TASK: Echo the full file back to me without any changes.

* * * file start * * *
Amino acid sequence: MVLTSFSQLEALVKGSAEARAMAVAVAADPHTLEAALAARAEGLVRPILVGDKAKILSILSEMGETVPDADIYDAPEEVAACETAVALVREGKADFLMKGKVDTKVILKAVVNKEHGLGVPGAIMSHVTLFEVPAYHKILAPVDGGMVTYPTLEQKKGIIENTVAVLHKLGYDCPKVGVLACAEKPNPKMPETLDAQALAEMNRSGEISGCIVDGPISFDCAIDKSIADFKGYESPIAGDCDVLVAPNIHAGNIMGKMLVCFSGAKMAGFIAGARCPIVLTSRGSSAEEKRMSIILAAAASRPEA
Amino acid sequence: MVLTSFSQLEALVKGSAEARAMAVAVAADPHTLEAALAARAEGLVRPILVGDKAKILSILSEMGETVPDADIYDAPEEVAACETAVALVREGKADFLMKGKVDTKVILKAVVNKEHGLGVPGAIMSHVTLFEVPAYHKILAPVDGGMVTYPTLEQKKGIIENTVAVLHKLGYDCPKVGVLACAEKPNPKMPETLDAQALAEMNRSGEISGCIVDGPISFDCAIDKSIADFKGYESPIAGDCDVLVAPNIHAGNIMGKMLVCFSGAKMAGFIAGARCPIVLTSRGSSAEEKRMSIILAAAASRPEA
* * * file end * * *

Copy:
Amino acid sequence: MVLTSFSQLEALVKGSAEARAMAVAVAADPHTLEAALAARAEGLVRPILVGDKAKILSILSEMGETVPDADIYDAPEEVAACETAVALVREGKADFLMKGKVDTKVILKAVVNKEHGLGVPGAIMSHVTLFEVPAYHKILAPVDGGMVTYPTLEQKKGIIENTVAVLHKLGYDCPKVGVLACAEKPNPKMPETLDAQALAEMNRSGEISGCIVDGPISFDCAIDKSIADFKGYESPIAGDCDVLVAPNIHAGNIMGKMLVCFSGAKMAGFIAGARCPIVLTSRGSSAEEKRMSIILAAAASRPEA
Amino acid sequence: MVLTSFSQLEALVKGSAEARAMAVAVAADPHTLEAALAARAEGLVRPILVGDKAKILSILSEMGETVPDADIYDAPEEVAACETAVALVREGKADFLMKGKVDTKVILKAVVNKEHGLGVPGAIMSHVTLFEVPAYHKILAPVDGGMVTYPTLEQKKGIIENTVAVLHKLGYDCPKVGVLACAEKPNPKMPETLDAQALAEMNRSGEISGCIVDGPISFDCAIDKSIADFKGYESPIAGDCDVLVAPNIHAGNIMGKMLVCFSGAKMAGFIAGARCPIVLTSRGSSAEEKRMSIILAAAASRPEA